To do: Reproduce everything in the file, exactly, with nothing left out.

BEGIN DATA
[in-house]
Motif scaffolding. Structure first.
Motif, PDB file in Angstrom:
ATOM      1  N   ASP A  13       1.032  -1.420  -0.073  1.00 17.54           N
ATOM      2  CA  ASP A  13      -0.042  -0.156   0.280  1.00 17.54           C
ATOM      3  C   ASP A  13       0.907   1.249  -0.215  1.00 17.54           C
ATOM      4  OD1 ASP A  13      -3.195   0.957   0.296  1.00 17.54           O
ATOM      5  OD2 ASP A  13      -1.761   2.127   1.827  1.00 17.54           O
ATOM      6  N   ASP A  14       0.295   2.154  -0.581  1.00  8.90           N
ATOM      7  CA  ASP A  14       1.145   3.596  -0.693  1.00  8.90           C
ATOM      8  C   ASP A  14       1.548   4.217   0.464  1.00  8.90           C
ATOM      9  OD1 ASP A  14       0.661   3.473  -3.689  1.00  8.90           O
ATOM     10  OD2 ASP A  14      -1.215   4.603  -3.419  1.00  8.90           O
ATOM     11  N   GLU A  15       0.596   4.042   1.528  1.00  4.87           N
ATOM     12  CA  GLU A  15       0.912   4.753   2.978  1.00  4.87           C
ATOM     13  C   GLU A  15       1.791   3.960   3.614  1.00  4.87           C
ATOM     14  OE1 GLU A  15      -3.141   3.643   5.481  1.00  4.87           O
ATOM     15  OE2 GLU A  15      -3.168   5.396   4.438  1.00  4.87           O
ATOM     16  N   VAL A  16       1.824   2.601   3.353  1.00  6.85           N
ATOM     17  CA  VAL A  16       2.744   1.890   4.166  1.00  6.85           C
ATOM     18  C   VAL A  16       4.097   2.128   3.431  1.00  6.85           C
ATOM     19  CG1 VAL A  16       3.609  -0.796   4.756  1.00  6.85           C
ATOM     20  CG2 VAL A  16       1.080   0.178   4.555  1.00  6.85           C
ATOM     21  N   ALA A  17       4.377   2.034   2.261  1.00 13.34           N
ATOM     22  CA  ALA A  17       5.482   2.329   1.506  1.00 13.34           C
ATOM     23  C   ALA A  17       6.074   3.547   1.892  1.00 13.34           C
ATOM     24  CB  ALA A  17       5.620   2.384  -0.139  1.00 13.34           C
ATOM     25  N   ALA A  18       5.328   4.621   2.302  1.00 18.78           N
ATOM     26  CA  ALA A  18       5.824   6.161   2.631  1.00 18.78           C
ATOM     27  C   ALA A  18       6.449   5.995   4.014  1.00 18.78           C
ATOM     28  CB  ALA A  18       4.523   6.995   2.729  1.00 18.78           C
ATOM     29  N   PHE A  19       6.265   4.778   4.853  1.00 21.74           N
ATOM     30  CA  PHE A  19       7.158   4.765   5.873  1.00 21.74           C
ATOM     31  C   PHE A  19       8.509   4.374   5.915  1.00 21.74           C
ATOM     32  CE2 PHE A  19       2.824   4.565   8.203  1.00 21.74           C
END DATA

[in-house]
Motif scaffolding. Structure first.
Motif, PDB file in Angstrom:
ATOM      1  N   ASP A  13       1.032  -1.420  -0.073  1.00 17.54           N
ATOM      2  CA  ASP A  13      -0.042  -0.156   0.280  1.00 17.54           C
ATOM      3  C   ASP A  13       0.907   1.249  -0.215  1.00 17.54           C
ATOM      4  OD1 ASP A  13      -3.195   0.957   0.296  1.00 17.54           O
ATOM      5  OD2 ASP A  13      -1.761   2.127   1.827  1.00 17.54           O
ATOM      6  N   ASP A  14       0.295   2.154  -0.581  1.00  8.90           N
ATOM      7  CA  ASP A  14       1.145   3.596  -0.693  1.00  8.90           C
ATOM      8  C   ASP A  14       1.548   4.217   0.464  1.00  8.90           C
ATOM      9  OD1 ASP A  14       0.661   3.473  -3.689  1.00  8.90           O
ATOM     10  OD2 ASP A  14      -1.215   4.603  -3.419  1.00  8.90           O
ATOM     11  N   GLU A  15       0.596   4.042   1.528  1.00  4.87           N
ATOM     12  CA  GLU A  15       0.912   4.753   2.978  1.00  4.87           C
ATOM     13  C   GLU A  15       1.791   3.960   3.614  1.00  4.87           C
ATOM     14  OE1 GLU A  15      -3.141   3.643   5.481  1.00  4.87           O
ATOM     15  OE2 GLU A  15      -3.168   5.396   4.438  1.00  4.87           O
ATOM     16  N   VAL A  16       1.824   2.601   3.353  1.00  6.85           N
ATOM     17  CA  VAL A  16       2.744   1.890   4.166  1.00  6.85           C
ATOM     18  C   VAL A  16       4.097   2.128   3.431  1.00  6.85           C
ATOM     19  CG1 VAL A  16       3.609  -0.796   4.756  1.00  6.85           C
ATOM     20  CG2 VAL A  16       1.080   0.178   4.555  1.00  6.85           C
ATOM     21  N   ALA A  17       4.377   2.034   2.261  1.00 13.34           N
ATOM     22  CA  ALA A  17       5.482   2.329   1.506  1.00 13.34           C
ATOM     23  C   ALA A  17       6.074   3.547   1.892  1.00 13.34           C
ATOM     24  CB  ALA A  17       5.620   2.384  -0.139  1.00 13.34           C
ATOM     25  N   ALA A  18       5.328   4.621   2.302  1.00 18.78           N
ATOM     26  CA  ALA A  18       5.824   6.161   2.631  1.00 18.78           C
ATOM     27  C   ALA A  18       6.449   5.995   4.014  1.00 18.78           C
ATOM     28  CB  ALA A  18       4.523   6.995   2.729  1.00 18.78           C
ATOM     29  N   PHE A  19       6.265   4.778   4.853  1.00 21.74           N
ATOM     30  CA  PHE A  19       7.158   4.765   5.873  1.00 21.74           C
ATOM     31  C   PHE A  19       8.509   4.374   5.915  1.00 21.74           C
ATOM     32  CE2 PHE A  19       2.824   4.565   8.203  1.00 21.74           C